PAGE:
The encyclical Centesimus Annus was written in 1991 by Pope John Paul II on the one hundredth anniversary of Rerum Novarum. It came on the heels of the fall of the Berlin Wall and the collapse of the Soviet Union. In it John Paul II seeks to conduct a “re-reading” of Pope Leo’s landmark encyclical to re-discover the richness of the fundamental principles in which Rerum Novarum dealt with the condition of workers and the economy as a whole.
Catholic Social Teaching
Pope John Paul II released the encyclical Evangelium Vitae on March 25, 1995. It deals with the most basic of all principles – the value and sacredness of human life. Our duty to protect life is central to the Christian message. The encyclical is broken into four main chapters which discuss contemporary threats to life, the Gospel's message regarding life, God's law, and hope for a new culture of life.
Pope Leo XIII wrote the encyclical Rerum Novarum as the industrial revolution and political change swept across Europe. The relationship between employers and employees was changing dramatically. Individuals had become wealthy, but most remained poor even though they worked hard. Pope Leo XIII's encyclical spoke of the condition of the working classes during a time when many advocated revolution.
The encyclical Fides Et Ratio was written by Pope John Paul II to his fellow bishops in 1998 to address the relationship between faith and reason. It was written to support and defend traditional Christian philosophy. His Holiness believed that faith and reason together allow people to know and love God.
Quadragesimo Anno was written by Pope Pius XI in 1931 forty years after Pope Leo XIII's Rerun Novarum on the Condition of Workers. He wrote this encyclical to address the ethical challenges facing workers, employers, the Church and the state as a result of end of the industrial revolution and the onset of the Great Depression.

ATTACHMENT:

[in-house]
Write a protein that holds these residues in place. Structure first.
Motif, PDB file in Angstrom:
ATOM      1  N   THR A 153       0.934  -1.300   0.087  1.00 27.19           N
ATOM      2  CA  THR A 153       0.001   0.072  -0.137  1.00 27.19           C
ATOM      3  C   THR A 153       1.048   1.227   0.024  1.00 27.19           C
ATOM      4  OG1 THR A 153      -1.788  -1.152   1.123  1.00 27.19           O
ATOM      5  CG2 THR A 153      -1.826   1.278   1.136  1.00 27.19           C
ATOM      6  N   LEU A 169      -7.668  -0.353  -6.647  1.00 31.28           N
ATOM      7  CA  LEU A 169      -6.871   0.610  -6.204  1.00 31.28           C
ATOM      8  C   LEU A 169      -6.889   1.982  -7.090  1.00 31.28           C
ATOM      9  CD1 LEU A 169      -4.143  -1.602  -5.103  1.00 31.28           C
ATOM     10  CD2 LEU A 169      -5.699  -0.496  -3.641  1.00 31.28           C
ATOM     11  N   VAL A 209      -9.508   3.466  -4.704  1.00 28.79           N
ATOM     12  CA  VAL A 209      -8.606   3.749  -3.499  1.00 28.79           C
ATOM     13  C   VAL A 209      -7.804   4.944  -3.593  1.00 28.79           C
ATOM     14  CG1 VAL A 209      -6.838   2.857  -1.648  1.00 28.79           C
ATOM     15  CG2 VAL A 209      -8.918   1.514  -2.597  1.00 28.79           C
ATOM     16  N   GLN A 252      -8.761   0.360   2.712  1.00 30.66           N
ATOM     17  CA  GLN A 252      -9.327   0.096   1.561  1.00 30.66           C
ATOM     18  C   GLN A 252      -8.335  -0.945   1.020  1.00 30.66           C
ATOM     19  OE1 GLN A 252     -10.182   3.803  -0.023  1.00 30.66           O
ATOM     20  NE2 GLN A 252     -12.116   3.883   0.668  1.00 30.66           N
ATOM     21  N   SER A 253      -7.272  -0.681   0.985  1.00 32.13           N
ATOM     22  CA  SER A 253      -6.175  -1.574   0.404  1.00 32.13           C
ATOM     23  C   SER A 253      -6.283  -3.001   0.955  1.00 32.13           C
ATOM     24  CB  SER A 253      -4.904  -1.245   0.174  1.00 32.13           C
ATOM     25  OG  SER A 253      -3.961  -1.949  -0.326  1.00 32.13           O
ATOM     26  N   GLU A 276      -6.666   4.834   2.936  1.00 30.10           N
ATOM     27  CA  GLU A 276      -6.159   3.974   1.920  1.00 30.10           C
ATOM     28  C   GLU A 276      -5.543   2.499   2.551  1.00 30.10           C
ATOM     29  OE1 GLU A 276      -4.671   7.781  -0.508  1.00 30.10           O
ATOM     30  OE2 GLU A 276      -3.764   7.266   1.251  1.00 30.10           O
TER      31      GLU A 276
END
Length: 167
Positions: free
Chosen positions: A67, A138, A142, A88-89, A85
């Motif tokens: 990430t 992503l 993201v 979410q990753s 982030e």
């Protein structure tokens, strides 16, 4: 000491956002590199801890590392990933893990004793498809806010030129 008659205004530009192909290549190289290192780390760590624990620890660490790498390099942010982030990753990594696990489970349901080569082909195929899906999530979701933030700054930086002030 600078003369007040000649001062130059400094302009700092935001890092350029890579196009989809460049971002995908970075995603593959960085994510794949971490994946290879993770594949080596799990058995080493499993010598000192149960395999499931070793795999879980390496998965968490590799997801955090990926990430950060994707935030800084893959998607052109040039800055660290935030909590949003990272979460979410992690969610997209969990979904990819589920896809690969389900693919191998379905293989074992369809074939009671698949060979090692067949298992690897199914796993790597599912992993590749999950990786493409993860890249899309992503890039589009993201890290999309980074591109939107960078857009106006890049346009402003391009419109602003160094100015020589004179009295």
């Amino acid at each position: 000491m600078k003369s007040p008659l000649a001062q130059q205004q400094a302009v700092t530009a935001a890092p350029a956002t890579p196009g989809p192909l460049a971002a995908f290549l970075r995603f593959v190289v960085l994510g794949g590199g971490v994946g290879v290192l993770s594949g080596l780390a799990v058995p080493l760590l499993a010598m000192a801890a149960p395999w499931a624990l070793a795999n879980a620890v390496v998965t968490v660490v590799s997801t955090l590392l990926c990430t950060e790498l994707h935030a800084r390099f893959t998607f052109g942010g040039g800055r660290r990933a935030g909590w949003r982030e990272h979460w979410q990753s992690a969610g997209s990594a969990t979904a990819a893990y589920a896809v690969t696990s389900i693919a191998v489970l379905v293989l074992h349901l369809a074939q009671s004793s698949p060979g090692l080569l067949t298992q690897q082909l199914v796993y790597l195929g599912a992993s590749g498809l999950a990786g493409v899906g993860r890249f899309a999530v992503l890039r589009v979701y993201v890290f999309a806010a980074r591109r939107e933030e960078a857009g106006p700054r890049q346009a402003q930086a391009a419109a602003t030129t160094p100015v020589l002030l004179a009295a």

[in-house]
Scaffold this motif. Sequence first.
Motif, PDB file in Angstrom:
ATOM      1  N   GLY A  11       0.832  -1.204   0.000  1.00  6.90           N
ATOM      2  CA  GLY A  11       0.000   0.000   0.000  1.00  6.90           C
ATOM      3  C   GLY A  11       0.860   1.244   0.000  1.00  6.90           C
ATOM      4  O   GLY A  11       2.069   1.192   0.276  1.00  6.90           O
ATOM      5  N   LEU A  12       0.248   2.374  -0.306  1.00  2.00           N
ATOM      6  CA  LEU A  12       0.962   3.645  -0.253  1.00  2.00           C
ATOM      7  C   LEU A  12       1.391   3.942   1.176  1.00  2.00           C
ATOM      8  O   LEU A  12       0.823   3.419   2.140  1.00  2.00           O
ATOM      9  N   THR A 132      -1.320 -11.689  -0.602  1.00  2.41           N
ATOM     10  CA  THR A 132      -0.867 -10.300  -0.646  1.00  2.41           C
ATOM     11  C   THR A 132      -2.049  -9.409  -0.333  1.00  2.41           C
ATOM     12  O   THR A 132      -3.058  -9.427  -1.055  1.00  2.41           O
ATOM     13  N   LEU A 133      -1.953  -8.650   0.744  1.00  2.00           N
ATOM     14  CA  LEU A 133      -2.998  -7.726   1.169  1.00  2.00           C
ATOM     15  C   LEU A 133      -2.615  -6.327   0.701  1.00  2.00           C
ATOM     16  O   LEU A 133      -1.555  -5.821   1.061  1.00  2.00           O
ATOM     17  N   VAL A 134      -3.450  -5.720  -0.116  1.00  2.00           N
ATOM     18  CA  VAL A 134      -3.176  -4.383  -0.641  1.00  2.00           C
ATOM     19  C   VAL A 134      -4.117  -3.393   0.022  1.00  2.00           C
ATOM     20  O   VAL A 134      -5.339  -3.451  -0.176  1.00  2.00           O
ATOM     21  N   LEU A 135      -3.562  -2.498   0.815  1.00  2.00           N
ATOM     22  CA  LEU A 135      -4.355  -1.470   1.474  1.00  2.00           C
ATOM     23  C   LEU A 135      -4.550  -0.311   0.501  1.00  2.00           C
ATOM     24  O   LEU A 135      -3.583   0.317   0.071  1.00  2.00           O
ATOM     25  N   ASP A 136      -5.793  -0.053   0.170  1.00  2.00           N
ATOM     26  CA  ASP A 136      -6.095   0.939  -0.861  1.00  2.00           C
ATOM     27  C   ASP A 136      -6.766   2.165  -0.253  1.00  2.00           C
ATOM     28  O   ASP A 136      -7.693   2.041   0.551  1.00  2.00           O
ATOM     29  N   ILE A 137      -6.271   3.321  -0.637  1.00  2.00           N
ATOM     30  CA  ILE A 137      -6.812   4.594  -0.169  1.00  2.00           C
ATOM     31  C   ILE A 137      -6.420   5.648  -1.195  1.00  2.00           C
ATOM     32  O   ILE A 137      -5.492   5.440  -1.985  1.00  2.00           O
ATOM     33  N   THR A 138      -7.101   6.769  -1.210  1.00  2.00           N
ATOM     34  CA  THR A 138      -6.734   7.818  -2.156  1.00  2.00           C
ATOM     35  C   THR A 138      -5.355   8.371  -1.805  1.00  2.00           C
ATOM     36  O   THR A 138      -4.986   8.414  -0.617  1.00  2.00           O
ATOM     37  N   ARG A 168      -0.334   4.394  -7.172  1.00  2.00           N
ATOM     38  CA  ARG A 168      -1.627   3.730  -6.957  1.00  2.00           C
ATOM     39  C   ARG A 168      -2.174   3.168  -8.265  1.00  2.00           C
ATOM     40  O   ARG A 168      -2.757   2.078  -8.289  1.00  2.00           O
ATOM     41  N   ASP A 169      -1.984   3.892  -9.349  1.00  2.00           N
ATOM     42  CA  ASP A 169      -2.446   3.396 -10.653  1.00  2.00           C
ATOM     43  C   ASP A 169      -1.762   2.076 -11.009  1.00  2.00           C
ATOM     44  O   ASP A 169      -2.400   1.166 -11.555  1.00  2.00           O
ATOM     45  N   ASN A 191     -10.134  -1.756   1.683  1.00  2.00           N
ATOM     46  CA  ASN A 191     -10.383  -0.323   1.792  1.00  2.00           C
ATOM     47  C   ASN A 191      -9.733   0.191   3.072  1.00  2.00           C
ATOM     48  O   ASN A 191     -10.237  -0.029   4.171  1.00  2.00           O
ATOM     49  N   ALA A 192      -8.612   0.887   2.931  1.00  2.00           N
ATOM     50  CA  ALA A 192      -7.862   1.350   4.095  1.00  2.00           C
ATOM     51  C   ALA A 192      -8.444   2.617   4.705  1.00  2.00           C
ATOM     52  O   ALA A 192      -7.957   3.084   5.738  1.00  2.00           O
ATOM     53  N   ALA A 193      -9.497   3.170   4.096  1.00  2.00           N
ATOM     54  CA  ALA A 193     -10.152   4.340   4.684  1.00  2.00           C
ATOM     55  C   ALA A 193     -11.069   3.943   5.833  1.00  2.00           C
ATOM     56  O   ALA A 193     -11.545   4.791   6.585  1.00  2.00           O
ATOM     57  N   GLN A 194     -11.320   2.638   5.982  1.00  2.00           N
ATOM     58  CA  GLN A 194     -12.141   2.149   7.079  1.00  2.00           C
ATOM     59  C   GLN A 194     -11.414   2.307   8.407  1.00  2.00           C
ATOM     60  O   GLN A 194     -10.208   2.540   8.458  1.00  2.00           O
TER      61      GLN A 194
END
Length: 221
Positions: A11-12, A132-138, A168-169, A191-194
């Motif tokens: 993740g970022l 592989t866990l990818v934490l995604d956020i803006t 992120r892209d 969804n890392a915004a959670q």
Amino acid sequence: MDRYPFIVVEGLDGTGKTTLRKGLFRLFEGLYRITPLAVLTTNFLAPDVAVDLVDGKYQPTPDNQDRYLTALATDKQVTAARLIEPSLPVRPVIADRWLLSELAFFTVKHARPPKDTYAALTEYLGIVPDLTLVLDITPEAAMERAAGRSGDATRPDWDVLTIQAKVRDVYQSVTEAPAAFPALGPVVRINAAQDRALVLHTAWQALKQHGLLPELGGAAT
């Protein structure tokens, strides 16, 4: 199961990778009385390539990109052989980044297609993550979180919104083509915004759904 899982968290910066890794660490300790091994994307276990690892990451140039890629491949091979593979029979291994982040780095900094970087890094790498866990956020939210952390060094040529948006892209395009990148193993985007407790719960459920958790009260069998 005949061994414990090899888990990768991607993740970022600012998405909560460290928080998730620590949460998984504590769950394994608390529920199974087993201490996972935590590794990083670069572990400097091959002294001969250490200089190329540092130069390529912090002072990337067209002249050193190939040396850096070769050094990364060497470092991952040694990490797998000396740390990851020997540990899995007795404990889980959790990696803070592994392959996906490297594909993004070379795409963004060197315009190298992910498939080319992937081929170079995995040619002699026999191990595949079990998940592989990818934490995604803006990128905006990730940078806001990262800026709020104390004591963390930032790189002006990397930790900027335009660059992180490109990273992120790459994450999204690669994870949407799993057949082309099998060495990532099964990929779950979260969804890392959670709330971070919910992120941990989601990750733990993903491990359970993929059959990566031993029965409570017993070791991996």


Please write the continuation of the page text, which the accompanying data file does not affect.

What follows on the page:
Almost 115 years after the publication of Rerum Novarum the Church sought to compile and summarize its modern social teachings. In 2004 the Pontifical Council for Justice and Peace published Compendium of the Social Doctrine of the Church to summarize and restate the Church’s social teachings to serve as a reference for all Catholics.
Pope John XXII, 1961
Pope John XXIII wrote this encyclical in 1961 to continue the tradition of Rerum Novarum (1891) and Quadragesimo Anno (1931). The world had changed considerably in the previous 30 years both politically and economically. The Great Depression and World War II had ended, the cold war had begun, and technology allowed for increased productivity, but vast poverty remained across the globe.
Pope Benedict XVI wrote the encyclical Deus Caritas Est in 2005 about God’s love for humanity. In a world where the name of God is sometimes associated with vengeance or even hatred, Benedict seeks to speak of the limitless love that God lavishes on humanity.
The encyclical is divided into two parts. The first section discusses God’s love and the reality of human love. In the second part, Benedict focuses on the commandment to love one’s neighbor especially the laities role in creating a just society.